The Rev. Al Sharpton was right to contrast the recent reaction of city officials in North Charleston, S.C., with those who had been in charge in August in Ferguson, Mo., after shooting deaths in both cities of unarmed black men by white police officers.
Sharpton was among the speakers Sunday at a vigil for Walter L. Scott, 50, who was shot to death by then-Officer Michael T. Slager. The shooting, which was captured on cellphone video, occurred on April 4, the 47th anniversary of the assassination of the Rev. Martin Luther King Jr. in Memphis, Tenn.
Slager, who was fired after the shooting, has been charged in the slaying. He initially reported that he struggled with Scott over a Taser and feared for his safety in using lethal force. The video shot by a citizen contradicted his story.
Sharpton praised the quick response by North Charleston’s mayor and police chief, saying: “It's not about black and white. It's about right and wrong. What this mayor did is what we've been asking mayors to do all over the country: Not do us a favor, just enforce the law.”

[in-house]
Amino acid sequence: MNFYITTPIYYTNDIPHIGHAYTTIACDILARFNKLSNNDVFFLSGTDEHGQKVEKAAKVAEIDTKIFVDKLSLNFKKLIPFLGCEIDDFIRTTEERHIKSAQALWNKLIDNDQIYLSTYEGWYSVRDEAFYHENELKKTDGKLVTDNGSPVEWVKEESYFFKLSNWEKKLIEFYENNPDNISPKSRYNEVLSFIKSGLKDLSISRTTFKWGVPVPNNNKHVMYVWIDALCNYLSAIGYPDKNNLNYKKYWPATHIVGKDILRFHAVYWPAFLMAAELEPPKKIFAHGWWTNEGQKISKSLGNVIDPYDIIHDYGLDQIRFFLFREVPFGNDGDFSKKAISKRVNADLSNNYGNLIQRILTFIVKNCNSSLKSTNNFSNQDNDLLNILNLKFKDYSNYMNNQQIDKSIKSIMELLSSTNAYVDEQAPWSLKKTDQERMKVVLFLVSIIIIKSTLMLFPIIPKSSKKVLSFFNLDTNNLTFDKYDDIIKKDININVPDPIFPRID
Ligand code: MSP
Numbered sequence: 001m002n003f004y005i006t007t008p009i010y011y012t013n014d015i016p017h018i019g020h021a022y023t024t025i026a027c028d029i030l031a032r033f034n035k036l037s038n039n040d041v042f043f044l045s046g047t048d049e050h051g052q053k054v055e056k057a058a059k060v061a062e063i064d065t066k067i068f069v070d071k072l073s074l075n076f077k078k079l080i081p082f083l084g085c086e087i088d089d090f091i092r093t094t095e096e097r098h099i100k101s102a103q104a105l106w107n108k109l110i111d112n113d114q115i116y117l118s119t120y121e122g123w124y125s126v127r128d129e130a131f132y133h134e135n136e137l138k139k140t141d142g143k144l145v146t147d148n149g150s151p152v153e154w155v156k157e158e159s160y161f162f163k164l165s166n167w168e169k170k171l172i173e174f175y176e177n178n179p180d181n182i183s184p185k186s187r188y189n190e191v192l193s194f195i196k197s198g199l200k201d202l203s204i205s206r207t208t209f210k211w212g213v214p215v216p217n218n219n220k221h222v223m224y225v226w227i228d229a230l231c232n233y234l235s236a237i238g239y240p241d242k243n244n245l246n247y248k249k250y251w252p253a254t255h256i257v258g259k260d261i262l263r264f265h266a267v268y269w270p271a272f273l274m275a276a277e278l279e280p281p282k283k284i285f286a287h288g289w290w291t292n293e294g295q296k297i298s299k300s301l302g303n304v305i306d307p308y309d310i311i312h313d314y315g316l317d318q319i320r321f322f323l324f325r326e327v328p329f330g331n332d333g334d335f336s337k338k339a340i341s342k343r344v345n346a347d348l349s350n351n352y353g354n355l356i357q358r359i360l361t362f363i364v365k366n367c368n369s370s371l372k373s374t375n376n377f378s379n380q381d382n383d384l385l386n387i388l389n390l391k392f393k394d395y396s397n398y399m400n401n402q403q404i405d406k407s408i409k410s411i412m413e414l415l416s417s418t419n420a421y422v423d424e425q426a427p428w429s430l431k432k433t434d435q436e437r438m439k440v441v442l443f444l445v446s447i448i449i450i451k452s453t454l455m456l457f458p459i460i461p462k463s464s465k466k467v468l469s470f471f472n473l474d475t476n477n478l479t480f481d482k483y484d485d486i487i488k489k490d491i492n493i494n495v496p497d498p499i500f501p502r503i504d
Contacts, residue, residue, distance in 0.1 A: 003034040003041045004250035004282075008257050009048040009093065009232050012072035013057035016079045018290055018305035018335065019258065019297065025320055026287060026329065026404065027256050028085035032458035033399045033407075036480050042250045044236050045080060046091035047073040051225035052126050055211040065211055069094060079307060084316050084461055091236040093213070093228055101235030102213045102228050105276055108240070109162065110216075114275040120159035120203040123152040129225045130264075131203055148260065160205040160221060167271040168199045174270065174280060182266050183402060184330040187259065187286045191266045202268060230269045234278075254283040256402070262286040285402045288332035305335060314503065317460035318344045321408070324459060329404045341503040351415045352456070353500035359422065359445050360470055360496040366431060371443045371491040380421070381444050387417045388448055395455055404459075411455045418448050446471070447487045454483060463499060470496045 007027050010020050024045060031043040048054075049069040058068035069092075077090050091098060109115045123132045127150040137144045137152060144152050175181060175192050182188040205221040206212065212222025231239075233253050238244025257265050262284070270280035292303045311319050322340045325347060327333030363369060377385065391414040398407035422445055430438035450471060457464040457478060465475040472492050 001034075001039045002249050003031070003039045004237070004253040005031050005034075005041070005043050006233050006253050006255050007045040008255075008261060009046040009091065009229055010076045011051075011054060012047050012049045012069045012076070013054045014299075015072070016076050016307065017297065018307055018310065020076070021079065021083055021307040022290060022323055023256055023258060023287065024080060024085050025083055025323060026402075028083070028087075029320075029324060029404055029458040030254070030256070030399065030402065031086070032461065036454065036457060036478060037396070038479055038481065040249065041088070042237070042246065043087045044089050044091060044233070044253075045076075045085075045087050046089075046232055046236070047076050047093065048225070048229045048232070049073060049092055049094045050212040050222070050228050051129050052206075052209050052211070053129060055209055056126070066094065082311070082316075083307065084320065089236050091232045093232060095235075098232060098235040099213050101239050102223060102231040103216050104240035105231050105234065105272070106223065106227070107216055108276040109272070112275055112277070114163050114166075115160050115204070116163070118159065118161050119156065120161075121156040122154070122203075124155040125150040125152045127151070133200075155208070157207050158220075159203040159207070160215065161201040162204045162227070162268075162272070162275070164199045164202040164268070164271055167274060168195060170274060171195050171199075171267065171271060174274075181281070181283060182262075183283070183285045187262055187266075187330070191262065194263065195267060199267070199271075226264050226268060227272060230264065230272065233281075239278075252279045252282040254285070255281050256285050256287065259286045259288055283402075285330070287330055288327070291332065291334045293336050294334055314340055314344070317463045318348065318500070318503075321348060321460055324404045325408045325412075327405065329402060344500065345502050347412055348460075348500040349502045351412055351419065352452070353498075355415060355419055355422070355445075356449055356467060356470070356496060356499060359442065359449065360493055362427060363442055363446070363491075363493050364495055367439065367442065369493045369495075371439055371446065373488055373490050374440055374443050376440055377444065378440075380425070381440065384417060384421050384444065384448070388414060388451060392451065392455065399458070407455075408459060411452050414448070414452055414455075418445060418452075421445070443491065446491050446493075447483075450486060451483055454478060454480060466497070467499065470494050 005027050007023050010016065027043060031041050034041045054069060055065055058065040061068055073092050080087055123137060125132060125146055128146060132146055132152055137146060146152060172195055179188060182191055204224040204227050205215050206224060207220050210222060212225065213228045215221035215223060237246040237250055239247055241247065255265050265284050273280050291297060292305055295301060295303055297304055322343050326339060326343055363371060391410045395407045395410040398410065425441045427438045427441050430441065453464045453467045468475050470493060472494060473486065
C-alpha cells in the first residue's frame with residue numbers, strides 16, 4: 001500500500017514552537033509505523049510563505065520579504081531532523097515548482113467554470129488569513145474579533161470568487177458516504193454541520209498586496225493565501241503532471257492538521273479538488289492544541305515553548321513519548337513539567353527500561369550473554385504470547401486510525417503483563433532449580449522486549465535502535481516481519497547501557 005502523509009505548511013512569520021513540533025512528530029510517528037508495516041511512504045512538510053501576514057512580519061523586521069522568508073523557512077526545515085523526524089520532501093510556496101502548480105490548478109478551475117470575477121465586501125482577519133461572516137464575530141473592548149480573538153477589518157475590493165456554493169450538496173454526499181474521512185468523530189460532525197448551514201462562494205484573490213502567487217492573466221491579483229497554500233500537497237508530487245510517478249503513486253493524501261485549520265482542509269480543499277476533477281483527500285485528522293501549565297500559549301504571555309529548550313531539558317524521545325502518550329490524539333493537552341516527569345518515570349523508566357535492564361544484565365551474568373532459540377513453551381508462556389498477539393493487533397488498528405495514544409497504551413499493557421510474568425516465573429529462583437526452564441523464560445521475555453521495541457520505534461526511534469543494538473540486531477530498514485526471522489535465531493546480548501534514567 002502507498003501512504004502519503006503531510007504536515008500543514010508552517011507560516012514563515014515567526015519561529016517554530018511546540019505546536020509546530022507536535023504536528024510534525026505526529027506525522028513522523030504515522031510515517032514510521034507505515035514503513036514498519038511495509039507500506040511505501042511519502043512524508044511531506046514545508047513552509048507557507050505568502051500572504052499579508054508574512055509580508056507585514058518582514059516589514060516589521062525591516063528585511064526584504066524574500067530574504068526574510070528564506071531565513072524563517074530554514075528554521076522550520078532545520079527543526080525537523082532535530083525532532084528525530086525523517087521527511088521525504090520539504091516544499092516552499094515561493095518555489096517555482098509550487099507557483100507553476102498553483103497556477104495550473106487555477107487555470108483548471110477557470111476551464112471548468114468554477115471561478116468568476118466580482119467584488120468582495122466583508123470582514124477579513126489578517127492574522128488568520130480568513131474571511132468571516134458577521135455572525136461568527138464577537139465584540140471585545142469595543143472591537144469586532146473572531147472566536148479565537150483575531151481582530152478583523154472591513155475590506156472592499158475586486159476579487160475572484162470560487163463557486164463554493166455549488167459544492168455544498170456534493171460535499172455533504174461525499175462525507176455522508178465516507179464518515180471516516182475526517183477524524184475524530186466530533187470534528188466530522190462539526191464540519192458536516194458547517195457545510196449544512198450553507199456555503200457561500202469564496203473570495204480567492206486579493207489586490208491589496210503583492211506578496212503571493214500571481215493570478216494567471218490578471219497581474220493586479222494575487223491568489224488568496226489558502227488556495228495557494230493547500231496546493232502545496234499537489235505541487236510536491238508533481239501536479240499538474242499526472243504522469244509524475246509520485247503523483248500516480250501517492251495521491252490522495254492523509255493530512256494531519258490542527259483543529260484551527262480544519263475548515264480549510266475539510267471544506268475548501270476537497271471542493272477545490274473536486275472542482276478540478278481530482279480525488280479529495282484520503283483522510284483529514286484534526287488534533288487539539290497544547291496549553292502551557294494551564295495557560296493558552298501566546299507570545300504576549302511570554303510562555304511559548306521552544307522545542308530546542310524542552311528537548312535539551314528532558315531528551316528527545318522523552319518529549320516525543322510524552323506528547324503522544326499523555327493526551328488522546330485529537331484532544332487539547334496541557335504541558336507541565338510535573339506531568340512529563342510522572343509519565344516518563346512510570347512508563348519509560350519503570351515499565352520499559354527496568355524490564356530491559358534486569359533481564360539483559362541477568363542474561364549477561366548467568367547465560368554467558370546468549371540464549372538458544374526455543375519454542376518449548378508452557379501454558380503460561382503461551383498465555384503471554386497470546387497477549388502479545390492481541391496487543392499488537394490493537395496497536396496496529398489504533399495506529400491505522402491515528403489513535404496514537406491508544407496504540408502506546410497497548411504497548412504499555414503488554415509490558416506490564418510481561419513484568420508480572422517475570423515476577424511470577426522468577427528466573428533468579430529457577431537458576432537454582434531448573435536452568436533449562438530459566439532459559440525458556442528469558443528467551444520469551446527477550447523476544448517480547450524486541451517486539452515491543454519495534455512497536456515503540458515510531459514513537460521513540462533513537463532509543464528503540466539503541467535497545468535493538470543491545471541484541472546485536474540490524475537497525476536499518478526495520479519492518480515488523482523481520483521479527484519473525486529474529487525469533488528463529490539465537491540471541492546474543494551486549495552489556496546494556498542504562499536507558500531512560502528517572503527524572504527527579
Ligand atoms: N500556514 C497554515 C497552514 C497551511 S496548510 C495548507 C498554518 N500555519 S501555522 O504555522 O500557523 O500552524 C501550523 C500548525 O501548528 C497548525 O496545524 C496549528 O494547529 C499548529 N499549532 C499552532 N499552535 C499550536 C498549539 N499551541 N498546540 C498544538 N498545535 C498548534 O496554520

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Sharpton also had been among speakers in Ferguson, calling for justice after then-Officer Darren Wilson fatally shot 18-year-old Michael Brown on Aug. 9. That slaying launched a national Black Lives Matter movement.
Brown’s death also was notable for police and city inaction. The slaying resulted in days of protests — some turning violent with property being damaged and many people arrested. A state grand jury declined to indict Wilson, and the Justice Department also didn’t file charges in the slaying.
However, a separate highly critical Justice Department report in March found that the Ferguson Police Department habitually violated the constitutional rights of African Americans with racial profiling used in traffic stops. Residents of the majority black St. Louis suburb of 21,000 people were shaken down by the city through ticketing, fines and court costs, serving as a substantial revenue stream for city government.
It wasn’t until after the Justice Department report was issued that the city manager, police chief and municipal court judge resigned. The action by North Charleston officials indicates that the South is more progressive about seeking justice.